“Keep in mind that one slice of pie can take at least 30 minutes of running to burn off, so the calories come on a lot easier than they come off,” Tade said. “High calorie foods should only be eaten after you eat your vegetables.”
Also, buying fresh meats, vegetables and making pastries from scratch can help save some unwanted calories by limiting the amount of unnecessary ingredients to your foods.
Another good way to help you stay away from unhealthy foods is to focus on your friends and family rather than food. Schedule some activities to keep you busy that don’t revolve around food. Sign up for a local 5K, go hiking, play sports at the park, or go window shopping at the mall to stay active while enjoying your company and not focusing on the food. That will hopefully motivate you to consume less, Tade said.
WSMR Bell Gym Fitness Facility Manager Bill Velez said gym attendance during the holidays does usually go down but a lot of it has to do with an increase of travel during the holidays. He said attendance starts to pick up around January when New Year resolutions are in full swing.
Gym Recreation Assistant Demi Lager said people who cannot find time to make it to the gym during the holidays can still keep their activity level up by finding ways to increase standing and walking as Tade suggested.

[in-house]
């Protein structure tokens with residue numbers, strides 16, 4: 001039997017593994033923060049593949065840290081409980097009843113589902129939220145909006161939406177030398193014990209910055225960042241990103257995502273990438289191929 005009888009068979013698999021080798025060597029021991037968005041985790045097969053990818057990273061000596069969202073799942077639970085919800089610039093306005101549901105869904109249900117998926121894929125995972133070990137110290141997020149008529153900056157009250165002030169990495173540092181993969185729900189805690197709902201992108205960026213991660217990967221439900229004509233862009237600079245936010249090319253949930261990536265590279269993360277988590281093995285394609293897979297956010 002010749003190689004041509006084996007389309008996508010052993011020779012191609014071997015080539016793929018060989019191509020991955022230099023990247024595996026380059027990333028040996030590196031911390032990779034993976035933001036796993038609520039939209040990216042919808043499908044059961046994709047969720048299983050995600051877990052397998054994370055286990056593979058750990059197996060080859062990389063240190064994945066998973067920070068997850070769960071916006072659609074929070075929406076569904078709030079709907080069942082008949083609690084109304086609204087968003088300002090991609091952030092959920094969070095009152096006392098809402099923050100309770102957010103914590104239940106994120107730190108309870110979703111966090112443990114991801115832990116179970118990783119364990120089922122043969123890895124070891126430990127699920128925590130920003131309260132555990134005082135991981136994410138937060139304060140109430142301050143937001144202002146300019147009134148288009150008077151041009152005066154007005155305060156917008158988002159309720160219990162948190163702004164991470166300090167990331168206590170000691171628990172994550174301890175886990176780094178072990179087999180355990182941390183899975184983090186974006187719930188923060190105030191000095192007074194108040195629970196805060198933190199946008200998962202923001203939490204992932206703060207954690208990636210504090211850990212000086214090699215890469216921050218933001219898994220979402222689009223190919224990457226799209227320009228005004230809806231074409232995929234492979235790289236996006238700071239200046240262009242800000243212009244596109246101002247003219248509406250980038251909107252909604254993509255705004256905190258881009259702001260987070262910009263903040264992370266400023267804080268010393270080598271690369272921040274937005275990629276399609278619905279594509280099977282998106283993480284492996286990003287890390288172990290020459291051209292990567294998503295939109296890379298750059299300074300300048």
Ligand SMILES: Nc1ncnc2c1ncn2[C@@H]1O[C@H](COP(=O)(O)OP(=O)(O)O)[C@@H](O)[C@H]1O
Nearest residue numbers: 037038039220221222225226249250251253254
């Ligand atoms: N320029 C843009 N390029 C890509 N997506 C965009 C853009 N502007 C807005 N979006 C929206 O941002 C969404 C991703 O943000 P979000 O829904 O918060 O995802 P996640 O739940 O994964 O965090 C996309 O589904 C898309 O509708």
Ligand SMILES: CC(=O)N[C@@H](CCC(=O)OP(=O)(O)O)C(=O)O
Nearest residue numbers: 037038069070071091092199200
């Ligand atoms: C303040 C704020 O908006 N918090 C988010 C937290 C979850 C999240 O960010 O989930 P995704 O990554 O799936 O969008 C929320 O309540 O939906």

Before starting your vacations, Lager also recommends researching different type body-weight workouts that can be done at home to create activity throughout your day.
“It is important to continue working out during the holidays because people typically eat more during this time and live a more sedentary lifestyle due to increase in travel,” she said. “Keeping your body active during the holidays will help you control your weight and your stress.”
Stress can play a major factor during the holidays, Velez recommends taking the time to focus on being positive and find ways to de-stress. Taking the time to do so will enhance your health and assist with you making it through the holidays on a high note, he said.
“Be smart, eat right, stay active to enjoy the holidays,” Velez said.
Tade said there are even ways you can make high calorie or unhealthy holiday items a little healthier by switching out some ingredients.
“You can take almost any recipe and make it healthier or lower calorie,” he said. “It’s a fun challenge.”
By replacing heavy cream in desserts with low-fat cream or low-fat Greek yogurt Tade said you can save upwards to 40-50 calories per serving and even limit the cholesterol you’re consuming. Choosing light meat turkey over the dark meat and skipping the skin is also a healthier alternative.
An alternative to mashed potatoes is using cauliflowers instead. Cook the cauliflowers until it’s soft and tender and mash it up like you would potatoes. Add in some low fat cheese and some Greek yogurt and you have yourself a much healthier version of mashed potatoes.
Try cooking with less sugar by using a sugar replacement like Splenda, the yellow packets, or replacing some of the granulated sugar with applesauce in things like muffins or cakes.
“These are just a few ideas, but you can get plenty more meal ideas by visiting your local friendly dietitian,” Tade said.